Is it possible for a finitely-generated group to contain subgroups that are not finitely-generated ? True or False. Prove your conclusion.
It is possible.
The classic example is the commutator subgroup of the free group on two generators.
#G = < a, b>#
#[g, h] = g^(-1) h^(-1) g h#
The subgroup of
We can make things simpler by specifying the subgroup
Any element of
Given a product of
Strip out any element-inverse element pairs to reduce the product to minimum form, i.e. get rid of combinations like
#a a^(-1)#or #b^(-1) b#.
The cleaned up form will start with a block of
#a^(-1)#'s or #b^(-1)#'s. The length of this block allows you to identify the first commutator in a representation as a product of commutators of the form #[a^n, b^n]#and/or #[b^n, a^n]#.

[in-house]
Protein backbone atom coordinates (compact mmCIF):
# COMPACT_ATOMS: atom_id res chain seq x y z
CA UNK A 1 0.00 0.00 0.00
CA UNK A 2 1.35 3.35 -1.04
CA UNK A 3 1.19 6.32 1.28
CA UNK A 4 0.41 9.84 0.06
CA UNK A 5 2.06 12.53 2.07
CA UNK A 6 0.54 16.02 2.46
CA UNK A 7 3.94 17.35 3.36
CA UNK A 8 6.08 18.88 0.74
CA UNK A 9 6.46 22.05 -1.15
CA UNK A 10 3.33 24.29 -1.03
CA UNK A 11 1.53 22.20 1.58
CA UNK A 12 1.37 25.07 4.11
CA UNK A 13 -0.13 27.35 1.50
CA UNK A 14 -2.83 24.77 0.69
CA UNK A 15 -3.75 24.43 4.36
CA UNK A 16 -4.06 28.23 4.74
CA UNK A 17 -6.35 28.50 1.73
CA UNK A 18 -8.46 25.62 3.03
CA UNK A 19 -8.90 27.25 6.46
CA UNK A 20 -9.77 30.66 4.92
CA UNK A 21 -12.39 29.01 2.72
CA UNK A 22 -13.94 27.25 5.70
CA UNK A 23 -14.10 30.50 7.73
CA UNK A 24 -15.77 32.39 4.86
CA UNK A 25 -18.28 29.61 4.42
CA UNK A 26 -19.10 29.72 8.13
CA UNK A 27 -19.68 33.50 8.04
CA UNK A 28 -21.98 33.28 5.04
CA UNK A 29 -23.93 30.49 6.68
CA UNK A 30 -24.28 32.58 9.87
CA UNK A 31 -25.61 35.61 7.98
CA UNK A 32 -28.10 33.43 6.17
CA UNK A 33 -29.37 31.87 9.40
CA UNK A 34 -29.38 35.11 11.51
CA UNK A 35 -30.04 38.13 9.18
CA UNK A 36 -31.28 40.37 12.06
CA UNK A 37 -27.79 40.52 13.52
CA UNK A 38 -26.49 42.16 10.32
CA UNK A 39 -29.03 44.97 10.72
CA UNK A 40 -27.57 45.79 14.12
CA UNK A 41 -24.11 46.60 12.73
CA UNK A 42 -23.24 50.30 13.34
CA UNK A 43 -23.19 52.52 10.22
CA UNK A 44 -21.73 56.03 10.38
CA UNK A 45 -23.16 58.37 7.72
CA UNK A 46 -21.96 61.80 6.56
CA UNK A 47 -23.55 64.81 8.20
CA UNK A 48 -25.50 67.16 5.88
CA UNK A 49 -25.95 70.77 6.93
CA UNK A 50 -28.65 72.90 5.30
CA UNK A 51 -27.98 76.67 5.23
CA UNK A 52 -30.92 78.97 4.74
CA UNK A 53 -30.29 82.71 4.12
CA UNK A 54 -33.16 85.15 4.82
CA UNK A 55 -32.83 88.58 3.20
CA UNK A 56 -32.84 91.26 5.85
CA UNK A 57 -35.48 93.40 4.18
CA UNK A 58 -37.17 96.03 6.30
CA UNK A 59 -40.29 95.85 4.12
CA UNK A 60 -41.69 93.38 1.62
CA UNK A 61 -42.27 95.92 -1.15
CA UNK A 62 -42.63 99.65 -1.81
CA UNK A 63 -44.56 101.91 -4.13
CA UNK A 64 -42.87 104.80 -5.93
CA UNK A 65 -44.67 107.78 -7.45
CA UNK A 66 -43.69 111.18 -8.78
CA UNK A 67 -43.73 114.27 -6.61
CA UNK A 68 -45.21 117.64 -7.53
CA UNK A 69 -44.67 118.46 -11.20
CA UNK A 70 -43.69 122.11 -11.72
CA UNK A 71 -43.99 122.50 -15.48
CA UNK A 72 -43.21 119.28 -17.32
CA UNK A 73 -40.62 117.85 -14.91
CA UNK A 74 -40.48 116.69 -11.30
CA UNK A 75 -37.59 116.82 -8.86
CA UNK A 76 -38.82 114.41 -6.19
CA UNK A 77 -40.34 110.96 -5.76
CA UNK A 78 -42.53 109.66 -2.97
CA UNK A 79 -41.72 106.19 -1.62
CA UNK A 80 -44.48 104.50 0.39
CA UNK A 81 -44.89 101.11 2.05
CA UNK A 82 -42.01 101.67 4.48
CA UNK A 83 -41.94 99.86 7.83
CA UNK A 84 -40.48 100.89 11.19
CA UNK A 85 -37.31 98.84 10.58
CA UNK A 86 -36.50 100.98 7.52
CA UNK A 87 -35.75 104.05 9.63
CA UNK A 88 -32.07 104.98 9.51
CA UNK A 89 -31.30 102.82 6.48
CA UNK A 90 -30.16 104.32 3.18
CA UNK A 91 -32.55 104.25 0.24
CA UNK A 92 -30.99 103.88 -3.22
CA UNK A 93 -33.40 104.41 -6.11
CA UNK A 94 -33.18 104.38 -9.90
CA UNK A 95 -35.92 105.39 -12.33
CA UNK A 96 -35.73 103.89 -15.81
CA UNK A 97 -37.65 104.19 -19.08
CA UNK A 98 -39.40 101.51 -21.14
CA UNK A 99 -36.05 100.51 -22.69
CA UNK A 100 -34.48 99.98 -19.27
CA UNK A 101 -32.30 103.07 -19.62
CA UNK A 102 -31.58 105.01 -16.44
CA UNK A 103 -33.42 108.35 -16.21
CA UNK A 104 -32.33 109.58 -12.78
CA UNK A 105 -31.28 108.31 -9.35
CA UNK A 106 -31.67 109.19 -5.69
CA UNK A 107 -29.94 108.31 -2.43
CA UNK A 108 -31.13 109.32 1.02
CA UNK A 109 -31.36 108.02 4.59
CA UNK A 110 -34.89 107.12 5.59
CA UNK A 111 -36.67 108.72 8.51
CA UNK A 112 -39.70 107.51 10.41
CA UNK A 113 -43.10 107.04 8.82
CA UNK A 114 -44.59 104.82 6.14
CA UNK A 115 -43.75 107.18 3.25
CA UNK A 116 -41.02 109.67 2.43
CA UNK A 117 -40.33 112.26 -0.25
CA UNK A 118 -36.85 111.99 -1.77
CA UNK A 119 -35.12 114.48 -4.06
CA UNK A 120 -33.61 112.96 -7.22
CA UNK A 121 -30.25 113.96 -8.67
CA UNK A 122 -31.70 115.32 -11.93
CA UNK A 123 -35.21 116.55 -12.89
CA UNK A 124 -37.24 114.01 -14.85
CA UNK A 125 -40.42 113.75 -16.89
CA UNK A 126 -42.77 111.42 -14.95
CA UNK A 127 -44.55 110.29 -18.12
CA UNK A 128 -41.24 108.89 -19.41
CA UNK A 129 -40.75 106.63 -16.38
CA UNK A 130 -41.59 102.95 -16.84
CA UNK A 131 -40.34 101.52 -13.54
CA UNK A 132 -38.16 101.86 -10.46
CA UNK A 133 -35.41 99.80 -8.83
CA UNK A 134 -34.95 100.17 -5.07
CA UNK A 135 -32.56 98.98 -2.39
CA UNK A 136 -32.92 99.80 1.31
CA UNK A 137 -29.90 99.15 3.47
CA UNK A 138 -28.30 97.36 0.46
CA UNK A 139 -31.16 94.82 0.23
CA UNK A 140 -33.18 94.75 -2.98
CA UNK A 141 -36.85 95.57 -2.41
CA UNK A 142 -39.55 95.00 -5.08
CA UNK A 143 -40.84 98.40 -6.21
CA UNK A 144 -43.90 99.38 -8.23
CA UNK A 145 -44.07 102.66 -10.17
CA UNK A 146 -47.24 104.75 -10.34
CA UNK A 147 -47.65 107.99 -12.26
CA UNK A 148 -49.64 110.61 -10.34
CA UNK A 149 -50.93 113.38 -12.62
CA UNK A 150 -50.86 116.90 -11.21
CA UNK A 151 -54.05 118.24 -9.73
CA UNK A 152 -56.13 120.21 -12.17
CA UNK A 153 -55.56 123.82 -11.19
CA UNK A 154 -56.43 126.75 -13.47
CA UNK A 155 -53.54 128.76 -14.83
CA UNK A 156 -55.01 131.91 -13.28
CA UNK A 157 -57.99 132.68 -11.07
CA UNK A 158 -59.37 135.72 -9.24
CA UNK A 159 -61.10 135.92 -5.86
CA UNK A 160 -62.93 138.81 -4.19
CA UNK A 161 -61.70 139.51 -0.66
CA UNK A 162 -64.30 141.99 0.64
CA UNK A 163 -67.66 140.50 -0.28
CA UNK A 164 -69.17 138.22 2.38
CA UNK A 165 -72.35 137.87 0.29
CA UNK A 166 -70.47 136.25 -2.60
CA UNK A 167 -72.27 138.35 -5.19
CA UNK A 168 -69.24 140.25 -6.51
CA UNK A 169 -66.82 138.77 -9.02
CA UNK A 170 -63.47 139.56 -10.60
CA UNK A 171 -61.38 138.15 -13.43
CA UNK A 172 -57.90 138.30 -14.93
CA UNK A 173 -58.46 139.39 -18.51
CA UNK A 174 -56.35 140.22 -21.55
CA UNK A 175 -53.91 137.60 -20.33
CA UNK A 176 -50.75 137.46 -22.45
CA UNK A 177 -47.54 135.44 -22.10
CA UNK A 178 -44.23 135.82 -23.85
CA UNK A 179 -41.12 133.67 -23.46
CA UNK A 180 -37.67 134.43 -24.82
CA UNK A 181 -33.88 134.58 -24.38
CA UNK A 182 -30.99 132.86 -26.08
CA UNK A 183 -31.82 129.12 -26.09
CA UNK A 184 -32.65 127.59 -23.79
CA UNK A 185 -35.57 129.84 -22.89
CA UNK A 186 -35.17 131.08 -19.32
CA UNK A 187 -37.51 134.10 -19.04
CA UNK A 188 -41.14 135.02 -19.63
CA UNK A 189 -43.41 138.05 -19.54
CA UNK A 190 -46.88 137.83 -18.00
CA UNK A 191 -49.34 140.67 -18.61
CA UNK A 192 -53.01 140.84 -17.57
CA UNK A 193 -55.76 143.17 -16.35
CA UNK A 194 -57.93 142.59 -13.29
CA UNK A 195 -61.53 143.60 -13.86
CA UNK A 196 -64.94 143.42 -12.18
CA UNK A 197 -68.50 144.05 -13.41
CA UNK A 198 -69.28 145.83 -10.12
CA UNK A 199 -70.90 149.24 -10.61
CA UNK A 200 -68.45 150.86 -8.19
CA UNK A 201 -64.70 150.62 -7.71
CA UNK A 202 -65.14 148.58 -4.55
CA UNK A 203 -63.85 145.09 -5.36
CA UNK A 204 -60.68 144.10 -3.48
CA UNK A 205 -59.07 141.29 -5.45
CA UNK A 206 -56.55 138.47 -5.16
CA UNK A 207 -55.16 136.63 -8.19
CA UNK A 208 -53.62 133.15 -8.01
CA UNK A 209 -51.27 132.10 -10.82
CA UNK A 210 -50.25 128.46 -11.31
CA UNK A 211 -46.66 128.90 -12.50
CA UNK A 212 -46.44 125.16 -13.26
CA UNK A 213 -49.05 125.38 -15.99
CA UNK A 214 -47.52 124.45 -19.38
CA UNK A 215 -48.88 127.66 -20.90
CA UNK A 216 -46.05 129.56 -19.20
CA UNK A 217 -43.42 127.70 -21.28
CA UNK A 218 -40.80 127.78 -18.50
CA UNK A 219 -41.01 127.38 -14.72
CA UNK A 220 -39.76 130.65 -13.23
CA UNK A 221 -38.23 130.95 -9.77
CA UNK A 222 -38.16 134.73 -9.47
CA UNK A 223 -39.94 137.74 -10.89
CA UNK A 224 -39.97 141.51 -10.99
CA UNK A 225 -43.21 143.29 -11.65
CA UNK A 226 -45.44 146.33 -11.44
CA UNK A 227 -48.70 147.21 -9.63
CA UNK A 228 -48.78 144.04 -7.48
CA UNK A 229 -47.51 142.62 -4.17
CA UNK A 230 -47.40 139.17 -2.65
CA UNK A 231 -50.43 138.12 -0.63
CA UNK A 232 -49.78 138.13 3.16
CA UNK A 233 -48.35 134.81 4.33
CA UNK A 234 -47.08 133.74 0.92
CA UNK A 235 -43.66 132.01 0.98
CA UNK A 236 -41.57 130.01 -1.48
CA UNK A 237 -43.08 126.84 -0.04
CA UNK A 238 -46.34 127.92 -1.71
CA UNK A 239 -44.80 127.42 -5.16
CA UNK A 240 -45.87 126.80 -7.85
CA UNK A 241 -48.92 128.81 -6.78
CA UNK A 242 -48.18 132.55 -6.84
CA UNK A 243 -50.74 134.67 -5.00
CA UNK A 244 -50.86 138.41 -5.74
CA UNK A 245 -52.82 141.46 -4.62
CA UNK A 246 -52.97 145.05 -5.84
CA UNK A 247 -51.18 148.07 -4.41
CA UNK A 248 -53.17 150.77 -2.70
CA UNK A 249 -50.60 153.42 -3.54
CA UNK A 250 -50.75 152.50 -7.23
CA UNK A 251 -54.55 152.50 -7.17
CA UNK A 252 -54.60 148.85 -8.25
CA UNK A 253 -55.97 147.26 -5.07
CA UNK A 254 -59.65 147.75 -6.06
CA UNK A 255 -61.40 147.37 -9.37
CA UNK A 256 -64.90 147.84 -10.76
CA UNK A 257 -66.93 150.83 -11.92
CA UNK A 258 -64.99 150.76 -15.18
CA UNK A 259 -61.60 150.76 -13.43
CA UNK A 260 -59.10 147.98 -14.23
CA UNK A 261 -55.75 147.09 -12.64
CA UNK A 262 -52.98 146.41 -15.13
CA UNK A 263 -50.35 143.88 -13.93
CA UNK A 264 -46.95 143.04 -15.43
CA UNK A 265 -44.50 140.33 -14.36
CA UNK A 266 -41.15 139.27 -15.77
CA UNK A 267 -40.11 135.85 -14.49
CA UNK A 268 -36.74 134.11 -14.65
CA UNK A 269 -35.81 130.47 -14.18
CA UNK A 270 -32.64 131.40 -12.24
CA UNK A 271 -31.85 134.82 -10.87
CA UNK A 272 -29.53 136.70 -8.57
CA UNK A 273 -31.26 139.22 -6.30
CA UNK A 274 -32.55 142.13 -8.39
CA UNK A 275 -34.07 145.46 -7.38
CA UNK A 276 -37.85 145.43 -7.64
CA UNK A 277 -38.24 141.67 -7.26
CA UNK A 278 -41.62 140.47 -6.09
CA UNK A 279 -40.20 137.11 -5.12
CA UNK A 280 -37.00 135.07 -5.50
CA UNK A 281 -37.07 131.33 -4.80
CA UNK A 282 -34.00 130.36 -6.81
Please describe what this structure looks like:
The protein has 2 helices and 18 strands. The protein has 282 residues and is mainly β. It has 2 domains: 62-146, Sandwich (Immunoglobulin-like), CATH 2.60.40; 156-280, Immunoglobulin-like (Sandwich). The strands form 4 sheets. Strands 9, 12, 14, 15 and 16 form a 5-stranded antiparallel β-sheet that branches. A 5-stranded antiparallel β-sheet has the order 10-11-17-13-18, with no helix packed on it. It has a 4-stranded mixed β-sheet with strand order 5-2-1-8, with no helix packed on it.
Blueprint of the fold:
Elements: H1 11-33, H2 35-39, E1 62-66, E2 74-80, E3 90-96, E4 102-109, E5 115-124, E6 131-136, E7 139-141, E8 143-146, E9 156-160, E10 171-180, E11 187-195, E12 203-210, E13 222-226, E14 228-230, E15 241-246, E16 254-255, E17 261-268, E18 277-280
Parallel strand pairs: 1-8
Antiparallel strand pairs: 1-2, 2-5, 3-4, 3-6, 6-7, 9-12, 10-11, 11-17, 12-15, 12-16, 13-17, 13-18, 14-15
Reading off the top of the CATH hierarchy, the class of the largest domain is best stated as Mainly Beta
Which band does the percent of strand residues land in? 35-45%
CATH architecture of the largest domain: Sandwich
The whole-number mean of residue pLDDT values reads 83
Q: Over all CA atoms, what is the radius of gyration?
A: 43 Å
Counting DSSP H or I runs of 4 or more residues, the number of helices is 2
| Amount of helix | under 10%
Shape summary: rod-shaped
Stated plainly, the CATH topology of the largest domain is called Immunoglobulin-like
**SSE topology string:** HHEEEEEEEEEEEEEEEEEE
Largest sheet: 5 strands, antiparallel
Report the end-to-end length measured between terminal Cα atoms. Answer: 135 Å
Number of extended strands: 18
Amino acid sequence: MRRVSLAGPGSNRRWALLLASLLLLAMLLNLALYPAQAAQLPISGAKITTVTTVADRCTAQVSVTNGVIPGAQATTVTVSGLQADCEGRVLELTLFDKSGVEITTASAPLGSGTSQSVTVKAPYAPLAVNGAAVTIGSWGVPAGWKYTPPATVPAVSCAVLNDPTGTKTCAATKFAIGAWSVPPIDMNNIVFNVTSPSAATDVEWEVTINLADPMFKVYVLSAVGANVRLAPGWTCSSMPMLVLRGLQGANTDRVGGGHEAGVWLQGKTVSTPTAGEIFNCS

The end of the commutator may require some element-inverse element pairs to be added in order to reconstitute it. Add just as many as necessary before splitting off the first commutator.
Repeat with the remainder of the product to recover the remaining commutators.
Once all commutators have been recovered, strip out any adjacent pairs of commutators of the form
#[a^n, b^n][b^n, a^n]#or #[b^n, a^n][a^n b^n]#to reduce to the minimum representation.
Hence we find that